Long Beach-based Digital Performance (www.digitalperformance.com) is a company which provides a digital catalog of aftermarket automotive parts which it licenses to publications like Offroad.com and Recycler. The firm recently received $500K in early funding from Momentum Venture Partners, and we thought it would be interesting to hear how it is looking to grow its business. We spoke with Bill Kelley, VP of Marketing for the firm, to learn more about the company's industry and what it does. Bill was interviewed by Ben Kuo.
What is Digital Performance?
Bill Kelley: The company originated as a service provider to the SEMA industry. SEMA stands for Specialty Equipment Marketers Association. That means people who make cars go faster, look cooler, more convenient, etc. The companies that make things people put on their cars after purchasing from a manufacturer. The company started out as a service provider within the industry. As the company evolved there were more and more pressure to create e-commerce front ends. As the company attempted to do that and create an online store, it became painfully apparent that the structure of the industry was such that there were no industry standards to reference the parts sitting on vehicles.
Explain what that problem is?
Bill Kelley: What that means, is if you wanted to have a high performance, turbocharger kit for your vehicle--and let's say your vehicle is a 2004 Mitsubishi Eclipse--if you do a search across various websites to find a turbocharger kit for that vehicle, you find that everything about the description is addressed differently depending on manufacturer. Some might refer to the kit using an engine type and code that might be used by a manufacturer, the other might give you a year range, another might give you trim type, model type, or displacement, but there was not an absolute, consistent reference across the industry for the particular model, so that you could do a search and come up with all the results.
Sounds very confusing.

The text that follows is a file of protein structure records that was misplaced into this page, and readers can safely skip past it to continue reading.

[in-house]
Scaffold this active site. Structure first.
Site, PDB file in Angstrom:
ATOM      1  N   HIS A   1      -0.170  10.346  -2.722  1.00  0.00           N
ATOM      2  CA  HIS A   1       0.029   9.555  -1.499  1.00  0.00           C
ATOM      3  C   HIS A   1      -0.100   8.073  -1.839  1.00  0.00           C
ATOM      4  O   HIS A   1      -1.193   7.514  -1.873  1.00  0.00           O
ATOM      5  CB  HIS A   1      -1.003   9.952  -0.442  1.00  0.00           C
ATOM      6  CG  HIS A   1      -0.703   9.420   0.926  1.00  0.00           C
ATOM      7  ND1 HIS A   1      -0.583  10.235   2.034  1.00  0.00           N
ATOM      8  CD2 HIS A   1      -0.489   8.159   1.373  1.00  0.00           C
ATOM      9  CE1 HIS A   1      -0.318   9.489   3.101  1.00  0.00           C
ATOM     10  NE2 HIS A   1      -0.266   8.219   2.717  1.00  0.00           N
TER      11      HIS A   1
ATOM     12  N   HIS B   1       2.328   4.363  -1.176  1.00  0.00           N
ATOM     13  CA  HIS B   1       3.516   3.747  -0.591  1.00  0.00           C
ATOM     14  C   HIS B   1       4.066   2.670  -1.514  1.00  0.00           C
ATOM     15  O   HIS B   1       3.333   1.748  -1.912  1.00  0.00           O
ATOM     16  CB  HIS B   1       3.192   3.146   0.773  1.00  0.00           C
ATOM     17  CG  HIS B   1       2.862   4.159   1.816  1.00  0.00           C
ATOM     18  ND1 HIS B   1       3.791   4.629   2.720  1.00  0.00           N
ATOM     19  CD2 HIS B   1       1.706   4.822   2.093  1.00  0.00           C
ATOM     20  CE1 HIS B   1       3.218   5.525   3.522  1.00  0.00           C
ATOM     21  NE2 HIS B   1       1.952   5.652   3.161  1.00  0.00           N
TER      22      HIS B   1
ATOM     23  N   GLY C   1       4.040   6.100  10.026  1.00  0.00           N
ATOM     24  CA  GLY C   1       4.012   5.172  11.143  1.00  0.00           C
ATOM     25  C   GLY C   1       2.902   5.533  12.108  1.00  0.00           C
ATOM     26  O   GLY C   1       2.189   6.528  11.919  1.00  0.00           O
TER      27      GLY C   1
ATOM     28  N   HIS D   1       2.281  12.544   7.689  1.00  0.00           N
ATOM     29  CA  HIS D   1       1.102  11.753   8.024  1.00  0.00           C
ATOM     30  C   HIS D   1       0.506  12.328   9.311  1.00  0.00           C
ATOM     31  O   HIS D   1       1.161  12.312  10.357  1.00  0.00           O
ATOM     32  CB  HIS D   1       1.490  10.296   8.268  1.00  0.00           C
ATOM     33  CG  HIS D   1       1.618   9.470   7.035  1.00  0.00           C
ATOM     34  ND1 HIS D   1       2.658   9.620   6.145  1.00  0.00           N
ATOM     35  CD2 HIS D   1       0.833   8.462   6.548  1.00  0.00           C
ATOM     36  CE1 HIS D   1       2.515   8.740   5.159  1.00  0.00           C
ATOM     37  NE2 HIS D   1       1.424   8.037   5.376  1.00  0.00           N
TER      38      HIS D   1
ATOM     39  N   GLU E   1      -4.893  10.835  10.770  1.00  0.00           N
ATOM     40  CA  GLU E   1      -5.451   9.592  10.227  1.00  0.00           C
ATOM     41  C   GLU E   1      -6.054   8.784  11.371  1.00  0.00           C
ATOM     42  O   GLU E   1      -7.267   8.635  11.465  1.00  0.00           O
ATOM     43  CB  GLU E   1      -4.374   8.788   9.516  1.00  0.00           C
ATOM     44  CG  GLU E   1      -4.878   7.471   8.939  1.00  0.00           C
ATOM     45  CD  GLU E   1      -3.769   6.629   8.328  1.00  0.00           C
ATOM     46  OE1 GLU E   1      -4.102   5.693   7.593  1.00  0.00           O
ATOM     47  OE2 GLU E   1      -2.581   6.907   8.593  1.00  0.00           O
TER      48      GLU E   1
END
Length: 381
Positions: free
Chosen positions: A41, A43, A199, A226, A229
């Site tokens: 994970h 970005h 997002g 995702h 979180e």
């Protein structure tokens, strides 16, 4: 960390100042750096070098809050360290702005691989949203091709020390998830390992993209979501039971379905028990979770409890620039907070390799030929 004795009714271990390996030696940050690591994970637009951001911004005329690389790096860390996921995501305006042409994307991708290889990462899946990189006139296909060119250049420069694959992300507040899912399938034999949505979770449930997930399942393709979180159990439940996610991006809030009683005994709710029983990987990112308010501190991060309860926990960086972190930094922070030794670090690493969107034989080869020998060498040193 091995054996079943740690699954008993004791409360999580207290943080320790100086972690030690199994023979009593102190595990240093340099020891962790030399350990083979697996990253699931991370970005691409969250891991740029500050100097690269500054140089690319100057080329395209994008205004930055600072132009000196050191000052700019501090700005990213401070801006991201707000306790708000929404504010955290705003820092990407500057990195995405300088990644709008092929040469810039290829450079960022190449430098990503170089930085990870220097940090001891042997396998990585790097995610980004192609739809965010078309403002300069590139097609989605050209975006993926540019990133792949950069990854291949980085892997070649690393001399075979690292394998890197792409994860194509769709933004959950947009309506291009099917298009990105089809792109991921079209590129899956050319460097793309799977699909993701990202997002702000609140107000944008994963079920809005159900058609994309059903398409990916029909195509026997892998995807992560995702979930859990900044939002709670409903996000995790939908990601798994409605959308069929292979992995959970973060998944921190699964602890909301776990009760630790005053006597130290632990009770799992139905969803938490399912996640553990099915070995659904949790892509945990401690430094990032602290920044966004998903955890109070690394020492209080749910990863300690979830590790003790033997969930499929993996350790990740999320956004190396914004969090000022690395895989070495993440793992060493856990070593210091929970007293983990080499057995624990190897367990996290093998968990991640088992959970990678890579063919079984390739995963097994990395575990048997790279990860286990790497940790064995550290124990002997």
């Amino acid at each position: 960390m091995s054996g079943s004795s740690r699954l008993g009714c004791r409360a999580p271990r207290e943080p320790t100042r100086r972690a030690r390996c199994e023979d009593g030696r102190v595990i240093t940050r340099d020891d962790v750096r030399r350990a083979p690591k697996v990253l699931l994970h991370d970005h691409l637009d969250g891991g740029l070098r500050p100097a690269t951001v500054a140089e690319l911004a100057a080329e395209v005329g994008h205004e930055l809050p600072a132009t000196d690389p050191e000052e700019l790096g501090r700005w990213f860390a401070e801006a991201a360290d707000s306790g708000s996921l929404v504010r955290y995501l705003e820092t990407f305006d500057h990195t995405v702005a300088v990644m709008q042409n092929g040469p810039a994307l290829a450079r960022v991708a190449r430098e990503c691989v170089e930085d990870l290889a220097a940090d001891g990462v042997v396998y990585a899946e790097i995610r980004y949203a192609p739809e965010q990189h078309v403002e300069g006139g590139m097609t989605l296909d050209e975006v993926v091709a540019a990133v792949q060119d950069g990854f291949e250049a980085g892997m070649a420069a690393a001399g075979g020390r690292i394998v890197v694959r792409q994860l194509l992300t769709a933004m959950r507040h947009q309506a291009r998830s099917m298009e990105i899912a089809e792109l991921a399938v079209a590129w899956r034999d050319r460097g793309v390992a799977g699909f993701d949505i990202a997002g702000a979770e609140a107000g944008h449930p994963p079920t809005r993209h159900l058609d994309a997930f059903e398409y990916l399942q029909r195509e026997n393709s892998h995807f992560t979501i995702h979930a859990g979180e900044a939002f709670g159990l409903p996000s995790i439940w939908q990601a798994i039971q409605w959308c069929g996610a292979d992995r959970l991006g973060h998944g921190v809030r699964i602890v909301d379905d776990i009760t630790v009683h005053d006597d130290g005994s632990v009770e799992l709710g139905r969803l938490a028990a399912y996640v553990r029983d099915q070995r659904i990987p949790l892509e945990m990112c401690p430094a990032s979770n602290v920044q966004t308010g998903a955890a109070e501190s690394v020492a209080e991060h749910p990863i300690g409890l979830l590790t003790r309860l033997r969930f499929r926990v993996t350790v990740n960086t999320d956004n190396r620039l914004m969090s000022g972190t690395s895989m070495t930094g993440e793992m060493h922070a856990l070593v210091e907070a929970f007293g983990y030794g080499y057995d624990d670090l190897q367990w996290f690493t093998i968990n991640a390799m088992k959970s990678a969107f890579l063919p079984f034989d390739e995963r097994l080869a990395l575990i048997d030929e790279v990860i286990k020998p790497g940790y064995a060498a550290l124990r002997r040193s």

Bill Kelley: It is very confusing. Every one of these companies started out with some very creative fellow--an engineer, typically--making a part in isolation to solve a particular vehicle problem. Ultimate, they got into manufacturing that product. Because those ideas flow from creative individuals, where the T's are not crossed, the I's are not dotted, they only packed the product up with just enough information for third parties to sell it. So we started with what was being done on the other side of the business, the replacement parts side--where you go to get a headlight, or to replace spark plugs, the OEM replacement side. That side of the industry is very organized, because the same people who make the part to replace the broken part also supply auto manufacturers. We took a subset of information from the OEM side, and applied it to where it works in the performance aftermarket. In other words, we have brought structure to chaos in the auto aftermarket. We have done this hand in hand with SEMA, creating an industry standard as we go.
Because of the fact that these are aftermarket modification part, in some cases there are conflicts between parts and another being added, and in other cases they may be complementary and not conflicting, so obviously there's been a need for an organized way of categorizing parts and bringing that information together. That's where we found ourselves after almost six years of serving the industry. We realized we'd created a very large database of parts, and created a schema for coding parts that was suitable to virtually any application in the aftermarket. We realized we had something we could now turn around, and instead of using it within the industry for e-commerce, ended up creating a shopping guide that could go directly to consumers.